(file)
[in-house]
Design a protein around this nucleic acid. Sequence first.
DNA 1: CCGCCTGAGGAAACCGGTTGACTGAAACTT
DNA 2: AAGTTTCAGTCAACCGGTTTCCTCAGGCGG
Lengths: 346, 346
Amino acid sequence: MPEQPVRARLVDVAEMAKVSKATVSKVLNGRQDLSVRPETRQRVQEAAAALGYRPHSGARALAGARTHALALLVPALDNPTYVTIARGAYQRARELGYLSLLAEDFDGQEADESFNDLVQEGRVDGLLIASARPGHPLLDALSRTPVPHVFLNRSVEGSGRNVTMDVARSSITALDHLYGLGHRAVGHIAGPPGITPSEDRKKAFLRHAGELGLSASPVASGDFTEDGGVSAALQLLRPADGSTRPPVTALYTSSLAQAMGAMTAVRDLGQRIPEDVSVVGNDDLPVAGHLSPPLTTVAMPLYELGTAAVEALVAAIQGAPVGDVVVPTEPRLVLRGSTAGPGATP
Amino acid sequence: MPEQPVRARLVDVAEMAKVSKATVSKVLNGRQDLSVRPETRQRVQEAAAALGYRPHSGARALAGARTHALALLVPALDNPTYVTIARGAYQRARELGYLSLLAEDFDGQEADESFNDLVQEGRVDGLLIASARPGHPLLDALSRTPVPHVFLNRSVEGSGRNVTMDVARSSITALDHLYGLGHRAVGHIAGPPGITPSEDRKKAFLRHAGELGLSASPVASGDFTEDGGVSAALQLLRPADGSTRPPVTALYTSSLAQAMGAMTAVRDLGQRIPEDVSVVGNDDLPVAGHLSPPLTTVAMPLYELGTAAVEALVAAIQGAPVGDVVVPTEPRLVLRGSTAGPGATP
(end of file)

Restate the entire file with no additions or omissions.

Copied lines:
[in-house]
Design a protein around this nucleic acid. Sequence first.
DNA 1: CCGCCTGAGGAAACCGGTTGACTGAAACTT
DNA 2: AAGTTTCAGTCAACCGGTTTCCTCAGGCGG
Lengths: 346, 346
Amino acid sequence: MPEQPVRARLVDVAEMAKVSKATVSKVLNGRQDLSVRPETRQRVQEAAAALGYRPHSGARALAGARTHALALLVPALDNPTYVTIARGAYQRARELGYLSLLAEDFDGQEADESFNDLVQEGRVDGLLIASARPGHPLLDALSRTPVPHVFLNRSVEGSGRNVTMDVARSSITALDHLYGLGHRAVGHIAGPPGITPSEDRKKAFLRHAGELGLSASPVASGDFTEDGGVSAALQLLRPADGSTRPPVTALYTSSLAQAMGAMTAVRDLGQRIPEDVSVVGNDDLPVAGHLSPPLTTVAMPLYELGTAAVEALVAAIQGAPVGDVVVPTEPRLVLRGSTAGPGATP
Amino acid sequence: MPEQPVRARLVDVAEMAKVSKATVSKVLNGRQDLSVRPETRQRVQEAAAALGYRPHSGARALAGARTHALALLVPALDNPTYVTIARGAYQRARELGYLSLLAEDFDGQEADESFNDLVQEGRVDGLLIASARPGHPLLDALSRTPVPHVFLNRSVEGSGRNVTMDVARSSITALDHLYGLGHRAVGHIAGPPGITPSEDRKKAFLRHAGELGLSASPVASGDFTEDGGVSAALQLLRPADGSTRPPVTALYTSSLAQAMGAMTAVRDLGQRIPEDVSVVGNDDLPVAGHLSPPLTTVAMPLYELGTAAVEALVAAIQGAPVGDVVVPTEPRLVLRGSTAGPGATP